hosts.hfaxd.5f man page
hosts.hfaxd — HylaFAX client access control list
The ASCII file etc/hosts.hfaxd in the HylaFAX spooling area specifies the hosts and users that are permitted to access services through the hfaxd(8C) process. This file must exist for client access; if it is not present then hfaxd will deny all requests for service. Note also that this file must be readable only by the “fax” user; i.e. it should have mode 600 and be owned by “fax”.
Usually etc/hosts.hfaxd is managed through use of the faxadduser(8C) and faxdeluser(8C) tools or the “SITE ADDUSER” and “SITE DELUSER” functions through an administrative client. However, some features are not accessible through those tools and etc/hosts.hfaxd will require direct editing to use those features. In particular, the order of entries in etc/hosts.hfaxd may need manipulation as hfaxd uses the first-matched entry (read top-down).
Each newline-terminated entry is a set of colon (:) separated fields, all but the first of which are optional. Trailing null fields and their separators may be omitted. The most general form is:
client is a regular expression to be matched against a string “user@host” that is formed from the user string passed to hfaxd with the USER command and the official host name or the DARPA Internet address, specified in “dot notation”. If client does not contain an “@” then, for backwards compatibility, it is treated as a host for which any user may have access; i.e. it is automatically converted to the regular expression “^.*@client$”.
Comments are introduced with the “#” character and extend to the end of the line. Any whitespace immediately preceding a comment is also ignored.
If client has a leading “!”, then it is interpreted as a class of hosts and users to which access is to be disallowed. That is, if the pattern matches the client information, then access is denied.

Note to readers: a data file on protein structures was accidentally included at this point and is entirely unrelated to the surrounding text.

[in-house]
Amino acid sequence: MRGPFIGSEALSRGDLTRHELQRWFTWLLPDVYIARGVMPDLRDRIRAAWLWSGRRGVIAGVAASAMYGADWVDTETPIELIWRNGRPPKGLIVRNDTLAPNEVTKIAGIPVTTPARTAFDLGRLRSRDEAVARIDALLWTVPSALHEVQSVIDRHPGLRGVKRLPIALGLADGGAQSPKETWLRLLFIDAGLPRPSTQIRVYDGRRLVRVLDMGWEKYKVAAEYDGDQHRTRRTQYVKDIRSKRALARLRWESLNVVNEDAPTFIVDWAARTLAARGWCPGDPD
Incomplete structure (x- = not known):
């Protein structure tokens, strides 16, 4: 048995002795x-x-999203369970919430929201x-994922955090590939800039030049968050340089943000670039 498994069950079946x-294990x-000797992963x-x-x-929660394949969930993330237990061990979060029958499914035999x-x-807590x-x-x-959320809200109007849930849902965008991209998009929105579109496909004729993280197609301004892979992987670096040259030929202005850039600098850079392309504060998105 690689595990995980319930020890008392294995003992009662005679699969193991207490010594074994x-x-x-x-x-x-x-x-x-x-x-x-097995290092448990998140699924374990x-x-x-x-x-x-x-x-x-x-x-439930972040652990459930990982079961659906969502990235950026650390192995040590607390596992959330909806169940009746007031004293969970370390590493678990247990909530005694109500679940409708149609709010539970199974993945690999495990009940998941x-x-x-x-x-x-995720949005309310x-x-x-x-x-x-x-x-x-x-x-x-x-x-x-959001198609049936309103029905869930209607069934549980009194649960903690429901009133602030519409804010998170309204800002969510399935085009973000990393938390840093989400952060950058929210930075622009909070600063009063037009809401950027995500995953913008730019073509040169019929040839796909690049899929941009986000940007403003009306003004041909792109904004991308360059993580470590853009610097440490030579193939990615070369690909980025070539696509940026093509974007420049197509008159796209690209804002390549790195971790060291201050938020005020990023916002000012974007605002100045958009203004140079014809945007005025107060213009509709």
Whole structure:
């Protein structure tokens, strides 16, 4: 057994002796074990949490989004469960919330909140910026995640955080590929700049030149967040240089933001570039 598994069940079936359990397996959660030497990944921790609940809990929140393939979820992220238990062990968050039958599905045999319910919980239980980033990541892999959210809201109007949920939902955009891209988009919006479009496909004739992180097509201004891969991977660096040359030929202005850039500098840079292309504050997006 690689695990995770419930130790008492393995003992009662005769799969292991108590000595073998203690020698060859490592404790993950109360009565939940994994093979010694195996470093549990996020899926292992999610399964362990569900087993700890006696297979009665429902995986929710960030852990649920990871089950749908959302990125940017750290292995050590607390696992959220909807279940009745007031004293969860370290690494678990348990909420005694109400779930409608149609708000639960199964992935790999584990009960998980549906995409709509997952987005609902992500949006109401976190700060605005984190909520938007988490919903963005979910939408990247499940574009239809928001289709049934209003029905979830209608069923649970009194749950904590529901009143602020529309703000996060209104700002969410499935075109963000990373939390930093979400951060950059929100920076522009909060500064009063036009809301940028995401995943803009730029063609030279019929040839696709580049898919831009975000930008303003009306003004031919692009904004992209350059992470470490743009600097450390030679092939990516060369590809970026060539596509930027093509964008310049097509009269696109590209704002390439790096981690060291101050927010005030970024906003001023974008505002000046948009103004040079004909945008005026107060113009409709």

Note that regular expressions are not anchored. That is, a regular expression may match a substring of the “user@host” string. Thus `pb@.*\.cl\.cam\.ac\.uk' matches `email@example.com'. Use “^” to match the start of the string and “$” to match the end.
Fields following client are optional and specify the following:
The numerical user ID to assign to clients that use the entry for access. hfaxd uses the uid to control access to server resources such as jobs and documents (the value is used to set the group ID of files created by a client).
Multiple clients/users may share the same uid or unique IDs may be created for each client. User IDs may be any number in the range [0..60002] with 60002 used, by convention, for entries that do not have a uid specified.
The encrypted password. If this field is empty (null) then no password will be demanded when a client logs in; i.e. the USER command does not need to be followed by a PASS command.
The encrypted password for this user to gain administrative privileges. If this field is empty (null) then the user is not permitted to have administrative privileges.
The following is a sample hosts.hfaxd file. Note that the first entry that matches is taken, so more-specific entries should be placed first.
^pb@[^.]*\.cl\.cam\.ac\.uk$:::hFy8zXq2KaG8s # pb on a machine directly in cl.cam.ac.uk can # administer if an admin pw is given 127.0.0.1 # anyone on local host uses the default uid 192.168.[0-9]+.[0-9]+ # anyone on the LAN uses the default uid ^sam@flake.*sgi\.com$ # Sam on his work machine ^sam@oxford.*Berkeley.* # Sam on any machine starting oxford and containing # Berkeley, e.g. firstname.lastname@example.org ^.*@.*.\.esd\. # anyone in an esd domain !^tom@ # Tom Davis is denied access .*\.sgi\.com$ # but anyone else at sgi is ok
faxadduser(8C), faxdeluser(8C), sendfax(8C), hfaxd(8C), hylafax-server(5F)